On my recent walks I have been striving to pay attention to the variety of wildflowers on roadsides and in hedges, and have come to particularly admire plants that grow on manmade structures.
Whilst studying the variety of ferns, hart’s tongue and mosses on the railway bridge over Factory Lane in Penwortham a message entered my mind, this is a bridge grotto. This confirmed my intuition that rich vegetation is an indicator that a place is inspirited.
When I shared this insight and the photograph above with my friend, Peter Dillon, he spotted the figure of a lady outlined in water on the right hand side. If you look closer you will see she has a headress of broad leaved willowherb.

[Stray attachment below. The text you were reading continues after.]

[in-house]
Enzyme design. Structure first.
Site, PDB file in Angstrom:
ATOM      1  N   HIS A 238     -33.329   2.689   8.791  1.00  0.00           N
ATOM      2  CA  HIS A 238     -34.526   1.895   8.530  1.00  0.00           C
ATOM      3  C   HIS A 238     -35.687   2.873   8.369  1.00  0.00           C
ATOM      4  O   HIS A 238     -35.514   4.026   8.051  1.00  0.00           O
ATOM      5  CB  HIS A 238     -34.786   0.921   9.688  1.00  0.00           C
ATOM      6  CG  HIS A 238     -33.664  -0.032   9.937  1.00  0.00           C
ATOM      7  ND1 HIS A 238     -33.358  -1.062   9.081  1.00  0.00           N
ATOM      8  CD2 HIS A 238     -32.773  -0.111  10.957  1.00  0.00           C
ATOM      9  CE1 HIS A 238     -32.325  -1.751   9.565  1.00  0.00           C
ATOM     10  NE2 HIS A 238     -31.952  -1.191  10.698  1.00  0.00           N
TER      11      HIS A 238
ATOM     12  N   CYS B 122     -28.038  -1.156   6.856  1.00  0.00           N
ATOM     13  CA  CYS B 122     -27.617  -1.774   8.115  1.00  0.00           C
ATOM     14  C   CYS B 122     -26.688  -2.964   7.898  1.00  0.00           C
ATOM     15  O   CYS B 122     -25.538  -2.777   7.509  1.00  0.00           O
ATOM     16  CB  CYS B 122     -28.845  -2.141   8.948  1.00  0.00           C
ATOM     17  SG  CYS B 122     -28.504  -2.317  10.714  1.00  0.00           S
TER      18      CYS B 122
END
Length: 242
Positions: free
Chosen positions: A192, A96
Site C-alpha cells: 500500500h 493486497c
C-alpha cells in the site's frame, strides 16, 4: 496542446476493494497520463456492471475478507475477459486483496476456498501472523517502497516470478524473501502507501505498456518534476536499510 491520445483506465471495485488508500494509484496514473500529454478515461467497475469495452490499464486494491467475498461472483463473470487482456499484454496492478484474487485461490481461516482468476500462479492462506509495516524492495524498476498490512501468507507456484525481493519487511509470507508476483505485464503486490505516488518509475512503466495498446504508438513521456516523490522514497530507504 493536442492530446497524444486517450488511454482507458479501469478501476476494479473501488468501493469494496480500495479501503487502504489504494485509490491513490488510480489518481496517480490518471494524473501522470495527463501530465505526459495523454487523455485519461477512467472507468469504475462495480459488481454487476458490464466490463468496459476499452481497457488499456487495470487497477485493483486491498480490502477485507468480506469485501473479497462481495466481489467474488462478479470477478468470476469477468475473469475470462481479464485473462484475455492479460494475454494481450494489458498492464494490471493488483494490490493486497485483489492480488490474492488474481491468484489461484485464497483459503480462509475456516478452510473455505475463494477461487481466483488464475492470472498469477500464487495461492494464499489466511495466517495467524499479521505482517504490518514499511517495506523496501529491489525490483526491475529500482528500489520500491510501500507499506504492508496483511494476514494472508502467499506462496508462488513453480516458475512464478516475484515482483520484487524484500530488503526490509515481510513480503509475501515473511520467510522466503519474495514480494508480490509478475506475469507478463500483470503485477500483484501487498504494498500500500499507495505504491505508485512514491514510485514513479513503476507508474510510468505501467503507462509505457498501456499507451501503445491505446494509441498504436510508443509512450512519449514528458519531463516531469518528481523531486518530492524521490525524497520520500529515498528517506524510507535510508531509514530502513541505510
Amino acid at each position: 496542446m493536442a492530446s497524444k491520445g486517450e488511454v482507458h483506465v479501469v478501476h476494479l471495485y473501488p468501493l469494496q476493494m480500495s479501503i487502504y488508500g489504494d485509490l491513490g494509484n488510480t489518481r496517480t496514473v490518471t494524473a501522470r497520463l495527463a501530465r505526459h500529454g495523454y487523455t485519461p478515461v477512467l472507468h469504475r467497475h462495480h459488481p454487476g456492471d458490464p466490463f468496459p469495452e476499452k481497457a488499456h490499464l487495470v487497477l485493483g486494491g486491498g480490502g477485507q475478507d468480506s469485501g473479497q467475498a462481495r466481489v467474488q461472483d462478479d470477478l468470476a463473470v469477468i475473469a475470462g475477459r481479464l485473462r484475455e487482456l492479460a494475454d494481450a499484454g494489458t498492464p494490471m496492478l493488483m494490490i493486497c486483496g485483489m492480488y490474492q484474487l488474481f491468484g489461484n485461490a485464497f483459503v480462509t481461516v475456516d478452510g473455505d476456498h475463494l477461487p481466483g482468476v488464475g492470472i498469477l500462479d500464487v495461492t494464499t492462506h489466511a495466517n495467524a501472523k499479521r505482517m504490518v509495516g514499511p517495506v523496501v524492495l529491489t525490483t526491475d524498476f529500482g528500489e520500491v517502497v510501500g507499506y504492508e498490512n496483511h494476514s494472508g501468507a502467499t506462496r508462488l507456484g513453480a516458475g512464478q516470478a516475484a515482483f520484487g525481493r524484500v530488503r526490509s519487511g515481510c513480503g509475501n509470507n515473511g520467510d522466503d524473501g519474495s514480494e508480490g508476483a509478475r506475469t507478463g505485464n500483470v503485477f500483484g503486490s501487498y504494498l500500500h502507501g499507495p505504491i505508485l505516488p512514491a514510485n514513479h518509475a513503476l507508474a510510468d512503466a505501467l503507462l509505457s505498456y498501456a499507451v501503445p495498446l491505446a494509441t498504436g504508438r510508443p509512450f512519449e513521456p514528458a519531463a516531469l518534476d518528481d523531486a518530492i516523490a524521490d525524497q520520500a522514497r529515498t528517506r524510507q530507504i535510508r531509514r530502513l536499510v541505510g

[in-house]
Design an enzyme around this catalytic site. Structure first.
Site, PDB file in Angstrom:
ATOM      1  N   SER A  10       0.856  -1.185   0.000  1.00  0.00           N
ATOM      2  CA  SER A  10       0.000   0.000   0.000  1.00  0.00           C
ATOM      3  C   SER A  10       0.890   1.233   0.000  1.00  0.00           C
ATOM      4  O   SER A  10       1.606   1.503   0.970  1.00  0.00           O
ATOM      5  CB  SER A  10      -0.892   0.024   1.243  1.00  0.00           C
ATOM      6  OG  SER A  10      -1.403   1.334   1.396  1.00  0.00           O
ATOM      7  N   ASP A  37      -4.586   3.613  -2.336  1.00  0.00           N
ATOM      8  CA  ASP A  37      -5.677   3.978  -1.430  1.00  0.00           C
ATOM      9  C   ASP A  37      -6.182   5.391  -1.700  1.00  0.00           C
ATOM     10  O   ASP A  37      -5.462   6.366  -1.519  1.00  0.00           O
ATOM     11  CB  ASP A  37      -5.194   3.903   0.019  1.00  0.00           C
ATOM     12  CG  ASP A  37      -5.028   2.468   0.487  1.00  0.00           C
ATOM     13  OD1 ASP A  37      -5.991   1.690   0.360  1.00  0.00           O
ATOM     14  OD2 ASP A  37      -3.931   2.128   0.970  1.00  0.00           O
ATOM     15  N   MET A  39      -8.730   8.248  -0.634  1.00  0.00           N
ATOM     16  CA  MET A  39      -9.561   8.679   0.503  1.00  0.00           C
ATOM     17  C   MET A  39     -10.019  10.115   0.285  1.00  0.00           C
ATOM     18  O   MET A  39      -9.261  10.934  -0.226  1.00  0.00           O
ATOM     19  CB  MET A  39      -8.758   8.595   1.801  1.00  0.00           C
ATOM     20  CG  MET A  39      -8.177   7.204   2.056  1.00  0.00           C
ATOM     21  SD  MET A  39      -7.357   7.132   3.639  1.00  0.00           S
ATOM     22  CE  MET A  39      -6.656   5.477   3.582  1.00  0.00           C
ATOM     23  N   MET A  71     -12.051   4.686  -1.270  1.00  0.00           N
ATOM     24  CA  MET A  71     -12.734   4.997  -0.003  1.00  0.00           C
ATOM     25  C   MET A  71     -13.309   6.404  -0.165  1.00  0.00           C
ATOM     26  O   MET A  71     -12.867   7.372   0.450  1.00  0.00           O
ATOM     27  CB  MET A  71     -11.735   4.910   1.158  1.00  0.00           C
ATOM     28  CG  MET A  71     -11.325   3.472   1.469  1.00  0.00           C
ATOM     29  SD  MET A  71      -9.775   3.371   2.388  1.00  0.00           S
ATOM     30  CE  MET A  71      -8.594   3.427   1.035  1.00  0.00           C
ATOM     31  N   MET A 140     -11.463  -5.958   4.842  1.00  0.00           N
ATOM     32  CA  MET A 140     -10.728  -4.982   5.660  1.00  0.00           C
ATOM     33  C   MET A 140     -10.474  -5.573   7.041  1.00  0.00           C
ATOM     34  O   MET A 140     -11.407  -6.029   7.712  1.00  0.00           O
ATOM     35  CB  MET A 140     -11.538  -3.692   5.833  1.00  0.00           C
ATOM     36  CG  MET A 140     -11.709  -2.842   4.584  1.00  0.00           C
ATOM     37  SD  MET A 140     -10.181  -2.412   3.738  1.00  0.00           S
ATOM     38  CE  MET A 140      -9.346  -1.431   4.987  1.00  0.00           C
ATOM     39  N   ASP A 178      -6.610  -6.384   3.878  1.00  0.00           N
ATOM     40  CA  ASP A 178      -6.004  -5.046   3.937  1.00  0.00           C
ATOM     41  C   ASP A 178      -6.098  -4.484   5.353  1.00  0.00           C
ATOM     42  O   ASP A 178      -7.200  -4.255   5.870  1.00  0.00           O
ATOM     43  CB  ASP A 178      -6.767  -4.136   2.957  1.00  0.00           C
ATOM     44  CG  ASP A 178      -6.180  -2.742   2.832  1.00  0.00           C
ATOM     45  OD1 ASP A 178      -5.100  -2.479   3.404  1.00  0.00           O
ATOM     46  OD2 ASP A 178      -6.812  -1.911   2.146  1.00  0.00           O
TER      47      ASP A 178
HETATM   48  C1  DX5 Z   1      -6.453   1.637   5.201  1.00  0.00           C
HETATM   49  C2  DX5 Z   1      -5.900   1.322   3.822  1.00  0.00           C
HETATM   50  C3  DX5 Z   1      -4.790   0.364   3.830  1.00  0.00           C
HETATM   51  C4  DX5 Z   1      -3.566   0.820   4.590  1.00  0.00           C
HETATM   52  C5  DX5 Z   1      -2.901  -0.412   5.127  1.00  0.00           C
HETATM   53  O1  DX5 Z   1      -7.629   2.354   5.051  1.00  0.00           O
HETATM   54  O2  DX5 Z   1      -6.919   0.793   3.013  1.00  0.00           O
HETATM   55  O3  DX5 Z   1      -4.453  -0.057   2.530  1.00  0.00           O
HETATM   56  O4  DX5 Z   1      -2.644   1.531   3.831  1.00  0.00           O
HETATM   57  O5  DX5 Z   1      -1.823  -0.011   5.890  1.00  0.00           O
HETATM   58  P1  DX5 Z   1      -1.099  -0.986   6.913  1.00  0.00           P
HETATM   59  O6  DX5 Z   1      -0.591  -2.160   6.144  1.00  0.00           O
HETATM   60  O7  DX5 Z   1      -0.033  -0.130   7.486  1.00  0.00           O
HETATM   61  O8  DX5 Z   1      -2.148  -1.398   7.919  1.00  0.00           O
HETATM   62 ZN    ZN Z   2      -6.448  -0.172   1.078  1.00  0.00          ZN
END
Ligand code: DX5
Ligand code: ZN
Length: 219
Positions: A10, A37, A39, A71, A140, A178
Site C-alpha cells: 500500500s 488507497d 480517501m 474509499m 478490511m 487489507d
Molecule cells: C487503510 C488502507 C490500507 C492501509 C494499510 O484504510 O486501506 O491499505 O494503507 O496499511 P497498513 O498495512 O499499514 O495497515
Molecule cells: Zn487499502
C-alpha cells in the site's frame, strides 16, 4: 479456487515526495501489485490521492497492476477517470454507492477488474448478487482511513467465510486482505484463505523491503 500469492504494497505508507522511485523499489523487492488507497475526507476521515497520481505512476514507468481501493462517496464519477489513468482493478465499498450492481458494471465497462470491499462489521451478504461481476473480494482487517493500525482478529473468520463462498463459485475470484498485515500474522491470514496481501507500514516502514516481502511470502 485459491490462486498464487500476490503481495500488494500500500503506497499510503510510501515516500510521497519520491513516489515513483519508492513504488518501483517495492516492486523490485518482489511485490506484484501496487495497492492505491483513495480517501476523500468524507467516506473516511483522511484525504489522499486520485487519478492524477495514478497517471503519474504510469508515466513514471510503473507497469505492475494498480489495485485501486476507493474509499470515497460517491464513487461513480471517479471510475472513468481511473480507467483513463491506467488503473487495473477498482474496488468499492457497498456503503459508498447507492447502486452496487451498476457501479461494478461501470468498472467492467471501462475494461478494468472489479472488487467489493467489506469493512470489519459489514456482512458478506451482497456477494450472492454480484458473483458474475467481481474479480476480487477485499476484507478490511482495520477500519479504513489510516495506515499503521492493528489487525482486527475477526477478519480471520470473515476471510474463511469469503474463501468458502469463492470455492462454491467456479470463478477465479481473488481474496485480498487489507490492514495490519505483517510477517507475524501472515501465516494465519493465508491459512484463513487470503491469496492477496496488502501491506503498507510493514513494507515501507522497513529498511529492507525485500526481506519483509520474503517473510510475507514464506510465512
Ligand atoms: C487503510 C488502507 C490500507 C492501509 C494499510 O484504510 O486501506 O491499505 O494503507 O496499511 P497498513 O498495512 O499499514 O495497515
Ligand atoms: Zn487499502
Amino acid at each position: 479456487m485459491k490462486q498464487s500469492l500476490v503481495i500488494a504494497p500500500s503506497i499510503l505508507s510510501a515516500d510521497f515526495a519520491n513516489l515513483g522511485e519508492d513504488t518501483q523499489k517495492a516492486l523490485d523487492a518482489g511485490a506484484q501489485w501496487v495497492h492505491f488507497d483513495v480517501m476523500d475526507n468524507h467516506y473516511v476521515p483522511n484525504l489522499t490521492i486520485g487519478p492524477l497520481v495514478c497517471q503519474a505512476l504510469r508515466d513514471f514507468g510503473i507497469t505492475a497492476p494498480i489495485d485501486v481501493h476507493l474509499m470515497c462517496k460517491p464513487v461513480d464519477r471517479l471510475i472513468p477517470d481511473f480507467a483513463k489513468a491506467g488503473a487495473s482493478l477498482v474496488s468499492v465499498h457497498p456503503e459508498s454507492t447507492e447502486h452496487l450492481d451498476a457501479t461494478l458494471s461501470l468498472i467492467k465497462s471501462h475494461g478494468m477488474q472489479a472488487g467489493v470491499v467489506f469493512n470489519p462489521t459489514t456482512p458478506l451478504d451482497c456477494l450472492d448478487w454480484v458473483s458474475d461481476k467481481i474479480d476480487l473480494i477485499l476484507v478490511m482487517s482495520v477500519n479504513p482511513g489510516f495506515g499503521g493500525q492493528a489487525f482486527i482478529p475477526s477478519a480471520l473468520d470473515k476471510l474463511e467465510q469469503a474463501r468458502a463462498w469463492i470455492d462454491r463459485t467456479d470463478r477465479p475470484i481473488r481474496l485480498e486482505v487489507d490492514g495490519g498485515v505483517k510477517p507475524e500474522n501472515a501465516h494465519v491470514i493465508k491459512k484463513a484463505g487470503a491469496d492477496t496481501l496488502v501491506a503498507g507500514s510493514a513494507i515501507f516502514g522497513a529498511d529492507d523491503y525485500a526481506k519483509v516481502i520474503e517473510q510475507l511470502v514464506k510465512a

When I revisited the bridge I saw her outline was still there, and on the left spotted what might be seen as a male figure with grassy hair and beard, stained in sandy water with a more tribal look about him. I interpreted them to be ‘guardians’ of this place.
My curiosity was piqued. Now every time I pass or go under a bridge I question whether it is a bridge grotto. So far I have only come across one other possible candidate. This is the railway bridge near the Continental Pub. Interestingly on the Preston side it joins Avenham Park close to an area actually referred to as a grotto.
I’m not sure what it means for a bridge to be a grotto yet, or what it is that makes one bridge a grotto another not. Whilst vegtation and running water can be signals, a positive reply from the place itself seems more important.